Pubdate: Tue, 25 May 1999
Date: 05/25/1999
Source: Bakersfield Californian (CA)
Author: Shirley Swope

A recent story, "Three-strikes law still debated," stated: "The law
has contributed greatly to California's dropping crime rates. ...
prison population is now eight times what it was in 1980."

Does the three-strikes law account for this increase in prison
population and the decrease in crime?

If this is true why does California need $4.1 billion to build six new
prisons? The story stated: "... in just two years, inmates will occupy
every nook and cranny of the prison system." If crime is down and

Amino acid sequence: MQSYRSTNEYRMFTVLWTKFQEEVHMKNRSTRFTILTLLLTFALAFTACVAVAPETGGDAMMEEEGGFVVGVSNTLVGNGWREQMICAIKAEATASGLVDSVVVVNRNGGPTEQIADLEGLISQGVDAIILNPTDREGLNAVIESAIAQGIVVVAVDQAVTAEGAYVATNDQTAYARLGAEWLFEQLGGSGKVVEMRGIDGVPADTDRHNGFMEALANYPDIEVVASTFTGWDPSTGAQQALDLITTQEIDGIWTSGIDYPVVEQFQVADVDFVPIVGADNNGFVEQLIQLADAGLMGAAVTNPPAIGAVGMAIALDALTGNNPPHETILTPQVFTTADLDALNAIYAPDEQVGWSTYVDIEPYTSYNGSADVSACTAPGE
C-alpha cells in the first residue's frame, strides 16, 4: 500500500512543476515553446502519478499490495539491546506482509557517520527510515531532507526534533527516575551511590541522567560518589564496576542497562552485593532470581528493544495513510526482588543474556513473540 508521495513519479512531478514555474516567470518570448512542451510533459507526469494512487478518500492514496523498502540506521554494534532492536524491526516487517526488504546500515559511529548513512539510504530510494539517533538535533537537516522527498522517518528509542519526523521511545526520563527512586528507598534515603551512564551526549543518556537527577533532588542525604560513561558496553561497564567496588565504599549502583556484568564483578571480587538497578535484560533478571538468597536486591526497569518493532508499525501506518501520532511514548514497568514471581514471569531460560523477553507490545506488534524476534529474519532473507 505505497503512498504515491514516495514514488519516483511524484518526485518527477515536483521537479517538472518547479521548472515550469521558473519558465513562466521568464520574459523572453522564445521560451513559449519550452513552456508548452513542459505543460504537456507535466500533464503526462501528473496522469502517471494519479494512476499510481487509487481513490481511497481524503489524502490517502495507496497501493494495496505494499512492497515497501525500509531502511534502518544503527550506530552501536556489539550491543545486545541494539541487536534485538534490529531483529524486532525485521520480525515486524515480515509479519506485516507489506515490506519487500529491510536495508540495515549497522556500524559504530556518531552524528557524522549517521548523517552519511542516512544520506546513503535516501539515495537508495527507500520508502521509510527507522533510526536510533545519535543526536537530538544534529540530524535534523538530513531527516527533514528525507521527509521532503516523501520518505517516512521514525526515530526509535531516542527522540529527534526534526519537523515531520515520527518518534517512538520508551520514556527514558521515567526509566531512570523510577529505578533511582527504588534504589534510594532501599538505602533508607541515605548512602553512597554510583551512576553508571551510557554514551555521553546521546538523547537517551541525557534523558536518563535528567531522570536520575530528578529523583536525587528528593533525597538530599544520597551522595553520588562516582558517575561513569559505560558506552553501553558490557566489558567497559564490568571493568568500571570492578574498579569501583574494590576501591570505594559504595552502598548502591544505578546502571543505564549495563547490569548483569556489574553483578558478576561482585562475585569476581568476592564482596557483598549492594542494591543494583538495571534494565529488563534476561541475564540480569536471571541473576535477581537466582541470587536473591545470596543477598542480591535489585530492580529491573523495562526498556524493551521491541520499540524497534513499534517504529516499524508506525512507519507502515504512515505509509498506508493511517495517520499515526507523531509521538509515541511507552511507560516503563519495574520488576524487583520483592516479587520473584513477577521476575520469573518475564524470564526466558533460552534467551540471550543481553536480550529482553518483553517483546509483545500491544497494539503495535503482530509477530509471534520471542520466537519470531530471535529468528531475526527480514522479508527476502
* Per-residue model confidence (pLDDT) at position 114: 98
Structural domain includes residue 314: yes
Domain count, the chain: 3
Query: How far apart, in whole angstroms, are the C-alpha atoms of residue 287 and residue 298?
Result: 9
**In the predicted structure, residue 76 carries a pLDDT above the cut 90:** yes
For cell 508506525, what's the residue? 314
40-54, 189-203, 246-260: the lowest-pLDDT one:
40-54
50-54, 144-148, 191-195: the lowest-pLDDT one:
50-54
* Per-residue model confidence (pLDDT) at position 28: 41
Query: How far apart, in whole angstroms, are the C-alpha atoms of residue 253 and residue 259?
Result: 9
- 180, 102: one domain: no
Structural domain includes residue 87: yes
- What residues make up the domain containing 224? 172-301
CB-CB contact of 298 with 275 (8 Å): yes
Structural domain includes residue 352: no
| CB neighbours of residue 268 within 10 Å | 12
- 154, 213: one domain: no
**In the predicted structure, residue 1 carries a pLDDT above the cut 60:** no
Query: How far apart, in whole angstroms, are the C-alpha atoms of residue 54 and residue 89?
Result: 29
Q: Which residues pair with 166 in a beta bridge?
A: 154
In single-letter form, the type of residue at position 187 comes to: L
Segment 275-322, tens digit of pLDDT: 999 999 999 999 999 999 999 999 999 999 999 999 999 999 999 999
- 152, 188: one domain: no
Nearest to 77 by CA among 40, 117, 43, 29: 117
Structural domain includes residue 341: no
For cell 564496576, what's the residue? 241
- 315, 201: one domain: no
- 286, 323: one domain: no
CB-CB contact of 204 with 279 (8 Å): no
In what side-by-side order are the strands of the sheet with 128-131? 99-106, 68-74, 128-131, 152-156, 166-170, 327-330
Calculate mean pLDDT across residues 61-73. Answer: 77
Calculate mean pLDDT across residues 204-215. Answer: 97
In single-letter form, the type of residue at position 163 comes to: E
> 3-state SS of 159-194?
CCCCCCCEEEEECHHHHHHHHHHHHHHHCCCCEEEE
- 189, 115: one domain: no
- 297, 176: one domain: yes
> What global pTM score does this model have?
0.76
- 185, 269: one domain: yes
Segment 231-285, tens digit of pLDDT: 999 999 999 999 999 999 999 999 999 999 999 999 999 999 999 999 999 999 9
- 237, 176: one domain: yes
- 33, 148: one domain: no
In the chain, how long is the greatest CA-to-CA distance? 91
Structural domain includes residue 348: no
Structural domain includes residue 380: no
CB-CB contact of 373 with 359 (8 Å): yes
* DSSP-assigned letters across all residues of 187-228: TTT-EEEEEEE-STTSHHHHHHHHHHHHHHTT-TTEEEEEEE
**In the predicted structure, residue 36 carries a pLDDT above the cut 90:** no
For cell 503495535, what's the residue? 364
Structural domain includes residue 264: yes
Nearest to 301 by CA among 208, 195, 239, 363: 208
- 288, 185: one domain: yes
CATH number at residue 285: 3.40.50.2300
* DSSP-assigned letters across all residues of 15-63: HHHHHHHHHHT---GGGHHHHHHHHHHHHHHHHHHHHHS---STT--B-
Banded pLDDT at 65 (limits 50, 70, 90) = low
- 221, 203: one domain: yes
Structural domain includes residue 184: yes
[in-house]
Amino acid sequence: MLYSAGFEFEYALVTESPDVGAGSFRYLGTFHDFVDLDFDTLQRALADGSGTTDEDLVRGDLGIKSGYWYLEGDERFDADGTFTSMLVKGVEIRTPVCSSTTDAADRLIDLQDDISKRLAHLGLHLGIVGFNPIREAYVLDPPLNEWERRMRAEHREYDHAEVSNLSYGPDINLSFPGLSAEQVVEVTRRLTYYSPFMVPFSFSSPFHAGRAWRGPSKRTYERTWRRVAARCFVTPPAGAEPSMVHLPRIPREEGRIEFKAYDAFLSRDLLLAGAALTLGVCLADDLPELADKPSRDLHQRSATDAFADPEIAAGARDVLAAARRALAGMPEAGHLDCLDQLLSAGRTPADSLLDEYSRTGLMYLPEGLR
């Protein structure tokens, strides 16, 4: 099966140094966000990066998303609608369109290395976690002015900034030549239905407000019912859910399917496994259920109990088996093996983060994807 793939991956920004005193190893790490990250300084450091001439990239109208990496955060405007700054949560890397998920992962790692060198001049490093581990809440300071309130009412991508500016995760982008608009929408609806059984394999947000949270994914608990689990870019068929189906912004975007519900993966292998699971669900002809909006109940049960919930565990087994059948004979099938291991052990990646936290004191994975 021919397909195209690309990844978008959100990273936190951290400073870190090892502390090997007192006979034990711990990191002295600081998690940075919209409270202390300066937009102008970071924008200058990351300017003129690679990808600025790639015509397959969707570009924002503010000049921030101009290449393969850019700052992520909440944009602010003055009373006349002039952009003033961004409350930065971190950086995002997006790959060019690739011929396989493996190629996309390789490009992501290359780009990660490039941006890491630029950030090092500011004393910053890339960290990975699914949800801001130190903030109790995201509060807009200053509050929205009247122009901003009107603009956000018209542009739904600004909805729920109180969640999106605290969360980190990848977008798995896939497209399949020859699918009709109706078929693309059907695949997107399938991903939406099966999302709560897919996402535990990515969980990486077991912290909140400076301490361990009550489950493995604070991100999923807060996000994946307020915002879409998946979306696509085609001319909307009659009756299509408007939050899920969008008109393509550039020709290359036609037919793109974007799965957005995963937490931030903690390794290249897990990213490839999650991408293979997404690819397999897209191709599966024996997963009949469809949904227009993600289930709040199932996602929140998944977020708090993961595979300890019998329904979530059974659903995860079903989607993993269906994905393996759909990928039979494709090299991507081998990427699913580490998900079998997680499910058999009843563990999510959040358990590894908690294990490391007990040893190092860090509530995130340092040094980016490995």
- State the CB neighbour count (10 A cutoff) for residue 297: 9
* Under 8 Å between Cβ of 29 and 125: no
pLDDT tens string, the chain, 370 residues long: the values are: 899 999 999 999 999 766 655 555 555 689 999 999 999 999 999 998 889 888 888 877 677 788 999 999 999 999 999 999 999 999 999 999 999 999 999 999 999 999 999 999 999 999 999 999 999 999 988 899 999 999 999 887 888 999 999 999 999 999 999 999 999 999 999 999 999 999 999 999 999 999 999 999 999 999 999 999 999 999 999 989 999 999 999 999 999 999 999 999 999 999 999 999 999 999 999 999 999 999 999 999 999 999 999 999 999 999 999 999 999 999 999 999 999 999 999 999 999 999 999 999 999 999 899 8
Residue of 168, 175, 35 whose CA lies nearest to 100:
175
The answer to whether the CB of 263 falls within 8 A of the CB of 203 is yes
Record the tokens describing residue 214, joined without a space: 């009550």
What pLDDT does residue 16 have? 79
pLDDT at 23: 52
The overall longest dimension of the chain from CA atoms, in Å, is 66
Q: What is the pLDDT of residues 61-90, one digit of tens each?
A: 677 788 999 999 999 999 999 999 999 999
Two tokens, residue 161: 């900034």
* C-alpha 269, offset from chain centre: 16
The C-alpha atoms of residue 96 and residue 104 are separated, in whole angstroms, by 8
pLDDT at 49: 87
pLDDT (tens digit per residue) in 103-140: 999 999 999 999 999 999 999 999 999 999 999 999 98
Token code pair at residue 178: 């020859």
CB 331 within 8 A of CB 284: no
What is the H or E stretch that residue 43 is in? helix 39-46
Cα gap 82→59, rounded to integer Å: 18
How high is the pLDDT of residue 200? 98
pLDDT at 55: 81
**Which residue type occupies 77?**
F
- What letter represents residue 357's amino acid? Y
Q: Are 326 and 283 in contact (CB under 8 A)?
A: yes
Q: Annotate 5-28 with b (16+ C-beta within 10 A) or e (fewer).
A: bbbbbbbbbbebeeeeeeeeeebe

dropping, where is this increase coming from?

Who is so loudly promoting the three-strikes law and how will it
benefit them? The answer is those with the most power control policy,
even if their platforms are short-sighted, and self-motivated. Before
jumping on anyone's bandwagon, we would be wise to look into its final

Youth and Corrections Secretary Robert Presley warns, "The state must
either build more prisons or consider alternatives, such as more drug
treatment programs."

The greatest number of inmates are drug addicts; a few million dollars
spent on drug prevention and treatment could save the billions spent
on incarceration and would decrease future (children of present drug
addicts) inmate population.

Also, instead of costing taxpayers billions of dollars, addicts who
are helped to overcome drug dependency could work and contribute by
paying taxes, which could be used for more beneficial programs.

Shirley Swope,